And that’s also a reason why sometimes when you significantly improve the quality of a website overall or when things get significantly worse, it just takes a lot of time for our systems to figure out overall the view of this website is now better or worse. So from that point of view, it’s not that we have anything specific that we could point at. The best that I could do, if you want individual items, is to look at the blog post we did on core updates last year which has a bunch of different questions in there which you could ask yourself about the website.

5. We have a site where there are 100 pages that are tagged with meta robots noindex tags, but they are accessible to the users. There are a lot of good authority sites in the industry that are linking back to these pages. So though we are getting referral traffic but we aren’t getting anything because obviously, they are not indexed. What if we set up 301 redirects for Googlebot on these URLs to some relevant pages? Will that be against Google guidelines?

– That seems kind of borderline. It also feels like the kind of thing where you might just use a rel=” canonical” and leave it at that to point at the page that you do want to have indexed. Because if you’re doing this redirect specifically for Googlebot, then I think, on the one hand, from a technical point of view, it’s very easy to get that wrong and to have something messed up. From a user point of view, I don’t think it would be a big issue because we would probably only index the target page anyway. So it’s not that a user would click on a link in the search results and end up on one page that looks very different from what they clicked on. So, on the one hand, I think it feels like there are easier solutions to this with a rel=” canonical” to do essentially the same thing, but I don’t think it would be super problematic.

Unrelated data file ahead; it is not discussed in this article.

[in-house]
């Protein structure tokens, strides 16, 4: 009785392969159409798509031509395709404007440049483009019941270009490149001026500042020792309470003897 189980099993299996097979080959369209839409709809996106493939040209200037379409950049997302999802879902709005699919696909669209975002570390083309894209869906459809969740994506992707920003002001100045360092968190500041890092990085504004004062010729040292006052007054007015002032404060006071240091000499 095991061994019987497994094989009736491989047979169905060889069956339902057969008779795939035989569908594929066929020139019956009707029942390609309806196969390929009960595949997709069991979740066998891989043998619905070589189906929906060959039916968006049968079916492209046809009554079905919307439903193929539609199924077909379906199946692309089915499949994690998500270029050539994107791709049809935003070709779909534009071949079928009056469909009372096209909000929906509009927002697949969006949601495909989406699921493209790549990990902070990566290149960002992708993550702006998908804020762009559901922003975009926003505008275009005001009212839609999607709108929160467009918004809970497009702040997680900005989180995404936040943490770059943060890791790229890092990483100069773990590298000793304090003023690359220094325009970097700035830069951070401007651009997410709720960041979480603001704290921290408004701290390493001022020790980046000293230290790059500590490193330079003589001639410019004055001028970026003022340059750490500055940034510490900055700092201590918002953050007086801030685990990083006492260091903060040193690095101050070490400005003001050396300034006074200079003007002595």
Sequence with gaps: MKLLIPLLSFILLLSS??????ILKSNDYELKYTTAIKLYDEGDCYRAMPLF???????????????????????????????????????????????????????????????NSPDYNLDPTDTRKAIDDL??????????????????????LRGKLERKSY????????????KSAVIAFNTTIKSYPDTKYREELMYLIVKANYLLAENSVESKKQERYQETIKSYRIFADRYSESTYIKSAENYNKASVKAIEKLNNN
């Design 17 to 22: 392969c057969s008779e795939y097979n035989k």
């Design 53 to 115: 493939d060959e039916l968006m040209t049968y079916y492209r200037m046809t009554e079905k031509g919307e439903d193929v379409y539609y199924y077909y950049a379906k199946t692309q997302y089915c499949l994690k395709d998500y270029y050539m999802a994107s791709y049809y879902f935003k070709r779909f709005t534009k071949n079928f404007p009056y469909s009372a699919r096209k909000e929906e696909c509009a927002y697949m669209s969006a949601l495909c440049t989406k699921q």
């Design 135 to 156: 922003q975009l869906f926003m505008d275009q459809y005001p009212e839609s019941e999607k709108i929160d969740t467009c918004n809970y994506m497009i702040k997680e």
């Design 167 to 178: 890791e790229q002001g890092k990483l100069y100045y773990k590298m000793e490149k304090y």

From my point of view, I would prefer to try to use the rel=”canonical” as much as possible to make sure that you don’t have to set up any separate infrastructure to cloak to Googlebot and all of the problems associated with that because it feels like you have to put a lot of work in to make that work the way that you want it. And the other approach is just so much simpler and easier and less error-prone.

6. If a text block is available in source code, but there’s no way to see that content by users. Can that text get indexed?

– Maybe. If it’s in a normal HTML on the page and it’s just hidden, then it’s possible that we pick that up and use it for indexing. I don’t think it’s a great idea to do it on purpose, but it can happen. And it is something to keep in mind, especially if you’re trying to avoid indexing some specific kind of text. So, for example, one thing that I saw recently is someone had an error message in the part of the page that was hidden. And it was only shown if there was an error on the page, but it was always on the page. And our systems picked that up and thought, well, this page is an error page we can ignore. So from that point of view it’s something where if you want it indexed, make sure it’s visible and indexable. If you don’t want it indexed, then make sure it’s not indexable and not actually on the page at all.